The Academy Award nominations for films released in 2011 will be announced early in the morning on January 24, 2012. Perhaps not coincidentally, January 24 also happens to be Talk Like a Grizzled Prospector Day. In the words of Elastica “somehow the vital connection is made.” The Academy Awards not only are the grizzled old prospector of movie awards, but they seem to enjoy that role.
By the time the nominations for the Academy Awards are announced on January 24, the leading contenders in every category that the bulk of viewers tune in for will already have been known for some time. It was not that long ago, really, that the Academy Awards pretty much had the cinematic honor roll all to themselves. The Screen Actors Guild was not yet invented. Most people outside New York and Los Angeles could not have told what film won any of the major film critics’ awards. And the Golden Globes? Two words: Pia Zadora.
Those were the glory days of Oscar. Even back then, of course, Oscar buzz would build and build and most nominations were a foregone conclusion. The days when a nomination for one of the four acting categories, directing or Best Picture rarely brought any kind of hushed silence or outcries of shock at their initial announcement are probably gone forever. True, shock and awe were never anything less than rare, but rarity has been replaced by neverity.
It need not be so, of course. The Oscar telecast still draws hundreds of millions and is still the awards show by which all other awards shows are judged, but it ain’t what it used to be. You can lay some of the blame for this drop in attention and relevance to an unending parade of uninspired hosts and entertainment as well as to the fact that, especially during the early part of the 21st century, the movies eligible and likely for nomination were, to up it charitably, just not too good.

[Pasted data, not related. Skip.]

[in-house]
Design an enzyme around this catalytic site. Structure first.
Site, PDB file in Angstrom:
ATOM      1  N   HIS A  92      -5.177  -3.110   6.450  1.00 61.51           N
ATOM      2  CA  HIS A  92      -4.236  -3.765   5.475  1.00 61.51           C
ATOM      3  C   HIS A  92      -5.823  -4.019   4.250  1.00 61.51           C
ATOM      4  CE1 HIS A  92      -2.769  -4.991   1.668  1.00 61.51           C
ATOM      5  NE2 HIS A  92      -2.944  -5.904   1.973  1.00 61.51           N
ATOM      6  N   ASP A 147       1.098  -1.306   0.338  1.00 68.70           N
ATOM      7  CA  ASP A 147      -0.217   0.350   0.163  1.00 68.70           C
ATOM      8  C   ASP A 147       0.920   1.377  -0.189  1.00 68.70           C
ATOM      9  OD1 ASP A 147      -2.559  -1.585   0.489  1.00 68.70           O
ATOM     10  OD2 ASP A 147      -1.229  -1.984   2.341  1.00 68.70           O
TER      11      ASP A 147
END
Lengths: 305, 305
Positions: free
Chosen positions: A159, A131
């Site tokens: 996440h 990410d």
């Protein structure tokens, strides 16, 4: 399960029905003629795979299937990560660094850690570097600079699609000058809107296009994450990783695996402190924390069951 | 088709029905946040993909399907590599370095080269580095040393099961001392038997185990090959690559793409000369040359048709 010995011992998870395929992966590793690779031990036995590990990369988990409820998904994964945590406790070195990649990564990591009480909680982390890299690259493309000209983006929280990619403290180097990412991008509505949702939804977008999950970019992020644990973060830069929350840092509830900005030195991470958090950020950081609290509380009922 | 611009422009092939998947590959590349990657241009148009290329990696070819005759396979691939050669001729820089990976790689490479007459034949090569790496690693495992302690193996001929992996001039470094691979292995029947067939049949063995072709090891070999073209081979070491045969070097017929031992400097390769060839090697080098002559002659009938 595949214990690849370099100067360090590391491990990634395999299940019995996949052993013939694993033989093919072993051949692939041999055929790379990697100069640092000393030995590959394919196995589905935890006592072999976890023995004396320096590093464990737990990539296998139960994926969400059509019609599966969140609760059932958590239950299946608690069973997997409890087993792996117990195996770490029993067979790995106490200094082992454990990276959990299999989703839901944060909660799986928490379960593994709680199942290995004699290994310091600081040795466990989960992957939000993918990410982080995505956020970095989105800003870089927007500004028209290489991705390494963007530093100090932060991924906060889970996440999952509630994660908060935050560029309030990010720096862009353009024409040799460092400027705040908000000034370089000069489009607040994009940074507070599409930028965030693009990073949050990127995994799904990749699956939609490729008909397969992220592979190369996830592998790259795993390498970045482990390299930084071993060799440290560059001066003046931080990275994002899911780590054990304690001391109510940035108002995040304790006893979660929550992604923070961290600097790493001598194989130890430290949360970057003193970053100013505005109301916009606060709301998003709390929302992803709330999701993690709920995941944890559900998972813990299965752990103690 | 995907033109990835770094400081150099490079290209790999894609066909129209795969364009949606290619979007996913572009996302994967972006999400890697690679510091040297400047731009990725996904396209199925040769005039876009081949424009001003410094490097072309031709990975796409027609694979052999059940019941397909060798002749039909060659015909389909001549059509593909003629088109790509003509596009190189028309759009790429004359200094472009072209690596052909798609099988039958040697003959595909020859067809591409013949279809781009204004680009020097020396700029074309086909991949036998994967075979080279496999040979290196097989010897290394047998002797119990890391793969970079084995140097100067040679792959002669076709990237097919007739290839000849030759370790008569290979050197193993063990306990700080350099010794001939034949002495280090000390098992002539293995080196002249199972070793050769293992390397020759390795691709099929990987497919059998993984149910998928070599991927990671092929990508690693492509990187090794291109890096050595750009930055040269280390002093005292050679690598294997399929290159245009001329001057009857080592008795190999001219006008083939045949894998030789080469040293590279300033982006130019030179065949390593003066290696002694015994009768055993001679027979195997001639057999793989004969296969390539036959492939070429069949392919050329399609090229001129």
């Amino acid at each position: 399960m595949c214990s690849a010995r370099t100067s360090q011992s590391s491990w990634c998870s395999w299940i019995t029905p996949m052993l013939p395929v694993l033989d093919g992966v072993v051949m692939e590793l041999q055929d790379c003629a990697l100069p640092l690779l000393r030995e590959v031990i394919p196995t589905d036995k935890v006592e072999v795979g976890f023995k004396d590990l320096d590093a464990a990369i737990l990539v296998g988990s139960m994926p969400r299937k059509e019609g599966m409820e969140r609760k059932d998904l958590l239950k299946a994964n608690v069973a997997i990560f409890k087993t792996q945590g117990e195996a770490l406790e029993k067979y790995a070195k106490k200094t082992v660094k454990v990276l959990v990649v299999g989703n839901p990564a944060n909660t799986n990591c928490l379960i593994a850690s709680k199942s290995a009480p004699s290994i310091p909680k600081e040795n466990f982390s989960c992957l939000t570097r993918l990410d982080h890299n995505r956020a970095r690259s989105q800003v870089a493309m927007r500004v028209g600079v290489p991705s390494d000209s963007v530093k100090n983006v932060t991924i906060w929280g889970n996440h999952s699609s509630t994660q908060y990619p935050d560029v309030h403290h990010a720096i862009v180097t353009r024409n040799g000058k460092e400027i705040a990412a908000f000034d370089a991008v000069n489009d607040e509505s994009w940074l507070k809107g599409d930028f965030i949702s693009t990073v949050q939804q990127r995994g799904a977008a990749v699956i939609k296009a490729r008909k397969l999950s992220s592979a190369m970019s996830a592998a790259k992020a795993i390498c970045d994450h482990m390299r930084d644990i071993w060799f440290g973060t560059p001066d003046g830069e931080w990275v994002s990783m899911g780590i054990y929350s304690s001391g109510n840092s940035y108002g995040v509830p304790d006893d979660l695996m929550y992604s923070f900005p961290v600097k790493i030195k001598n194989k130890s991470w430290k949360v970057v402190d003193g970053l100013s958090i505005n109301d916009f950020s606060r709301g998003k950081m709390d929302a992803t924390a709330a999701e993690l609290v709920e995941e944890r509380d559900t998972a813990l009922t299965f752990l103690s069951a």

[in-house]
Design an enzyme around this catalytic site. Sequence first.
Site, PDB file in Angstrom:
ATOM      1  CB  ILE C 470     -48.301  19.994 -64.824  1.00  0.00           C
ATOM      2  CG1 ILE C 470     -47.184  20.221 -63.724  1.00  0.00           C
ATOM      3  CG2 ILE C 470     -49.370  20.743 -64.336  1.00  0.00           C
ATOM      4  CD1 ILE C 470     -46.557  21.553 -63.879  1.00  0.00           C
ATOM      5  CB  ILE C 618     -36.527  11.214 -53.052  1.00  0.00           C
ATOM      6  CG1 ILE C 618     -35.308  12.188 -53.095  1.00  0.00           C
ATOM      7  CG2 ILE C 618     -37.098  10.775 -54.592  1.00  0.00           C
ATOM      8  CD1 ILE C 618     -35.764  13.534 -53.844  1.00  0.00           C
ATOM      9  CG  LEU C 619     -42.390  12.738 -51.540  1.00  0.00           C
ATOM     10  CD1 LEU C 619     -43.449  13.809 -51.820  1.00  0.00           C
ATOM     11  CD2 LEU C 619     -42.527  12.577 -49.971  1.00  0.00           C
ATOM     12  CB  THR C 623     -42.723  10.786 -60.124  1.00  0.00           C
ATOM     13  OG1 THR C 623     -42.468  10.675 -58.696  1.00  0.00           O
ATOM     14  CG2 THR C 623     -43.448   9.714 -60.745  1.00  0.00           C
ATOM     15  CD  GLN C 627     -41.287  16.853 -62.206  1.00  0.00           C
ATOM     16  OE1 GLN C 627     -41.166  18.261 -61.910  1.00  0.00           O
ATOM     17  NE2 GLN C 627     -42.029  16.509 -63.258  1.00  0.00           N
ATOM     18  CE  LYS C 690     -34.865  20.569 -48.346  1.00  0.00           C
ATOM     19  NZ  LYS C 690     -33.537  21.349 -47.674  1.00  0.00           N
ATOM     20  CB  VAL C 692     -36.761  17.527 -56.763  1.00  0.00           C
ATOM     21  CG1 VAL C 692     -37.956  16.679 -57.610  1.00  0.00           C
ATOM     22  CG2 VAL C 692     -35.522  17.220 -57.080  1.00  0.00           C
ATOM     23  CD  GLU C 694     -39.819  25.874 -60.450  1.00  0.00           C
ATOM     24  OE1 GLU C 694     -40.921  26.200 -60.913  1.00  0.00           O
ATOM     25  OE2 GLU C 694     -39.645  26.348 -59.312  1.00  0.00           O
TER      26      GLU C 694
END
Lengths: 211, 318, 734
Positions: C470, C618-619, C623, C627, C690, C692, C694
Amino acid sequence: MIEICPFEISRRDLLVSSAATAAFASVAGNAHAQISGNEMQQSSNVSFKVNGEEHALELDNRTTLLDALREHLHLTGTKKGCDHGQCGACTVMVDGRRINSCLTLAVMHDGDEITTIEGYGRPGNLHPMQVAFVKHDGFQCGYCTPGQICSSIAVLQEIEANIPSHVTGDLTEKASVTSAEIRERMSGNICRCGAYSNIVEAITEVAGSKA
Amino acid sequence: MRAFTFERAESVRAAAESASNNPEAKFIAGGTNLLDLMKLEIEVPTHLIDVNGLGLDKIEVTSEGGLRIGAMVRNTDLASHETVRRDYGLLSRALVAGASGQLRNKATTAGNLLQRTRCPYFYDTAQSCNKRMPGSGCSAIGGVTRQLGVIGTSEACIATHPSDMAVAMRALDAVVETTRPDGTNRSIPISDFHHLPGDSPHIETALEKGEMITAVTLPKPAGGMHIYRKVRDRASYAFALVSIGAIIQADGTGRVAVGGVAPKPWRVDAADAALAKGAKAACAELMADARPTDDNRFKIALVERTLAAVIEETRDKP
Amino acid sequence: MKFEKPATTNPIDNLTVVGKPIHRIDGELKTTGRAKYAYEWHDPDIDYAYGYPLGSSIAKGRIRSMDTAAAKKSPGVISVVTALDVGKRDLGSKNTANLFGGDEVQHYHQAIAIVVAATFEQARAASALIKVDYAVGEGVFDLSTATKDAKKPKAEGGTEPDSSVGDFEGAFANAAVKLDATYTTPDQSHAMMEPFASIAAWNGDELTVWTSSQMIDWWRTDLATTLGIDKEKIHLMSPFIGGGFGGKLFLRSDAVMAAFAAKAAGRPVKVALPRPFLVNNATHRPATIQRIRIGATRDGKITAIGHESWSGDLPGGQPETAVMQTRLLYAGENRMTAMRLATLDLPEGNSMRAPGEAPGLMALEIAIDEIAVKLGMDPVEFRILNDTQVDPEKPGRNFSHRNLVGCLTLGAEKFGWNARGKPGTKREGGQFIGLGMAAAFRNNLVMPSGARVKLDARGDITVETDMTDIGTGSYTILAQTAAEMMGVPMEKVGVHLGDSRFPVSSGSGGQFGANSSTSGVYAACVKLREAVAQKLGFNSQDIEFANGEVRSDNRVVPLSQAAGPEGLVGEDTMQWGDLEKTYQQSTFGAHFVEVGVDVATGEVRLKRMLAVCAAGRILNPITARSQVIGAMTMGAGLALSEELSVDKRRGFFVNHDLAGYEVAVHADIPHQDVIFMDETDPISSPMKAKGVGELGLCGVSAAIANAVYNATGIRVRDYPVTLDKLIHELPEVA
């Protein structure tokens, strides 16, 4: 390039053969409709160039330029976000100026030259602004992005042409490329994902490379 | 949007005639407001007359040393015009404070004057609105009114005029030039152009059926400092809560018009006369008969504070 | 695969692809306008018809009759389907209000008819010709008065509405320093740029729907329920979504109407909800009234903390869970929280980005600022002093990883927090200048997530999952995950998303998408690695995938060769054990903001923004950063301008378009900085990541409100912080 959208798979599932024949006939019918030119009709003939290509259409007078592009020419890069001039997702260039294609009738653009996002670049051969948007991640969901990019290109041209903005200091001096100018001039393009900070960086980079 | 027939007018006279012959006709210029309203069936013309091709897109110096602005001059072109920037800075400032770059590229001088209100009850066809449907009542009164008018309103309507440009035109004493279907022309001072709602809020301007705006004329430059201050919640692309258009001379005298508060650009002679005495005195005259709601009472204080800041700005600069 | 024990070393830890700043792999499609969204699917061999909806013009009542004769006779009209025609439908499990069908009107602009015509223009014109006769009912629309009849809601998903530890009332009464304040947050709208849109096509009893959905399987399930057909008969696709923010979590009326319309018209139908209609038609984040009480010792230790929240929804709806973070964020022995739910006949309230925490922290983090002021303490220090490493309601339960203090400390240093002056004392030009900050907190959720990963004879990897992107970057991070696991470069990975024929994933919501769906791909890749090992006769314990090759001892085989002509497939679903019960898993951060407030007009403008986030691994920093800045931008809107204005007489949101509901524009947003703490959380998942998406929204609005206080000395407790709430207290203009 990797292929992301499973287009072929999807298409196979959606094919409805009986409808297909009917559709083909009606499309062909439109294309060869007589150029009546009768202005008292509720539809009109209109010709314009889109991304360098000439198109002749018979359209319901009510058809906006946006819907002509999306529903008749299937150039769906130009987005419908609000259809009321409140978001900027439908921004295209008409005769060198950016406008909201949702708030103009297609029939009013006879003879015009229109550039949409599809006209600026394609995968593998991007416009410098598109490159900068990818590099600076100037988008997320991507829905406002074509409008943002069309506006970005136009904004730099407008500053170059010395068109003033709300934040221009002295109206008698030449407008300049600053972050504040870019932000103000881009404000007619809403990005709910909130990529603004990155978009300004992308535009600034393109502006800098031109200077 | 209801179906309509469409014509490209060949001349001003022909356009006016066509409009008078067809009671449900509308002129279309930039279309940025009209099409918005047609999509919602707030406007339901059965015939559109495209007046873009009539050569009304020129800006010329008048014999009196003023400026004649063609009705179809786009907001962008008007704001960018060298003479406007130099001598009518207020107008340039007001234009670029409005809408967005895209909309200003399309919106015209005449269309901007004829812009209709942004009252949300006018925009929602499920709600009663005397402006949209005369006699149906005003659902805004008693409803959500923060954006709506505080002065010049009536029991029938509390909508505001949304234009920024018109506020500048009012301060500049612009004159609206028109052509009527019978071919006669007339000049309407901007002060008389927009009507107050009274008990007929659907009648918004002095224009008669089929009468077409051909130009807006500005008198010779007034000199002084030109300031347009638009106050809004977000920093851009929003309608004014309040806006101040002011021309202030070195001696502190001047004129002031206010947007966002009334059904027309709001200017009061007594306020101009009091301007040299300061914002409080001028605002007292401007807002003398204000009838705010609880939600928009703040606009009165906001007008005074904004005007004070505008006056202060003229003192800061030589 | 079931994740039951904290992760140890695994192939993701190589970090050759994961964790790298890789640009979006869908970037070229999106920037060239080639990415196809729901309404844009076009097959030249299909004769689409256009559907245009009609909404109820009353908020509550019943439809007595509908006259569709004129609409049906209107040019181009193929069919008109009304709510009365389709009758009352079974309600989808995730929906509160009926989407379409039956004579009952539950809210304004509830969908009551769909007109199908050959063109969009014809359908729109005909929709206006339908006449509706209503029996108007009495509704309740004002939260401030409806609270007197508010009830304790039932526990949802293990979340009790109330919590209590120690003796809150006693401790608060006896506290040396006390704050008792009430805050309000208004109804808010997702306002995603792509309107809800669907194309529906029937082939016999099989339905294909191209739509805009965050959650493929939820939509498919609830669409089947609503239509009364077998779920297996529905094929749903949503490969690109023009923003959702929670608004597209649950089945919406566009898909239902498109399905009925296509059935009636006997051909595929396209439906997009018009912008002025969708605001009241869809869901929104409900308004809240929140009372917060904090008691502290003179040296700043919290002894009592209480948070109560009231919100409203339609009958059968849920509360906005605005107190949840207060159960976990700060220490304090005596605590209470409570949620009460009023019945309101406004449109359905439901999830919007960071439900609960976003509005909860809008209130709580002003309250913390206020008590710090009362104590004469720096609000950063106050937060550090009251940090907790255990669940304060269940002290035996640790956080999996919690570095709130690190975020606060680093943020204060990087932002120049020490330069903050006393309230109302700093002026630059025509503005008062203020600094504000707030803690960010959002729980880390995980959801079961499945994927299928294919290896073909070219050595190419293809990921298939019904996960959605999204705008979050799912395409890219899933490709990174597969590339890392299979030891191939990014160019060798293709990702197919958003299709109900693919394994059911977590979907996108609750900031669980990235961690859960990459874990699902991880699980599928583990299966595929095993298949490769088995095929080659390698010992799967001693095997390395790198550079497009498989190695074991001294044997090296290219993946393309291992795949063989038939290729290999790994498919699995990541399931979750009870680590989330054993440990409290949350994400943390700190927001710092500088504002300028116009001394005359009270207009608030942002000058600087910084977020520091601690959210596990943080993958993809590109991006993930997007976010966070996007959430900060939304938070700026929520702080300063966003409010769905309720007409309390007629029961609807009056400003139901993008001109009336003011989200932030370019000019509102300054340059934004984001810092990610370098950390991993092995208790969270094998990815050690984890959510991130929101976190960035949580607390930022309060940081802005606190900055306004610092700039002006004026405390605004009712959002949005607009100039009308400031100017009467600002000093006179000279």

The elephant sitting in a pink tutu in that room where the Oscar nominations are announced, however, is undeniable: lack of surprise. Forget the actual telecast where the awards are actually announced: even a full month earlier when the nominations are announced are too late for shocks. By the time the nominees receive their early morning wake-up call from Good Morning America, everybody but those British guys demanding a refund because they didn’t know the “The Artist” is a silent black and white movie already knows the leading contenders for those nominations and the likely winner.
If the Academy Awards wants to shed its persona as the grizzled old prospector of movie awards then, dagnabbit, they need to stake a claim earlier in the year. Announcing nominations prior to the Golden Globes would initiate Oscar’s comeback, but the longer the Academy Awards telecast continues to play the role of merely being the entity that confers official authoritative tradition upon those who have already collected a handful of statues, they will continue to lose the last remaining vestiges of relevance they have.
For more from Timothy Sexton, check out:
Billy Crystal, Number 7 Box Office Draw of 1991, Brought Back to Host 2012 Oscars
Memo to Oscars: Bring Back David Letterman!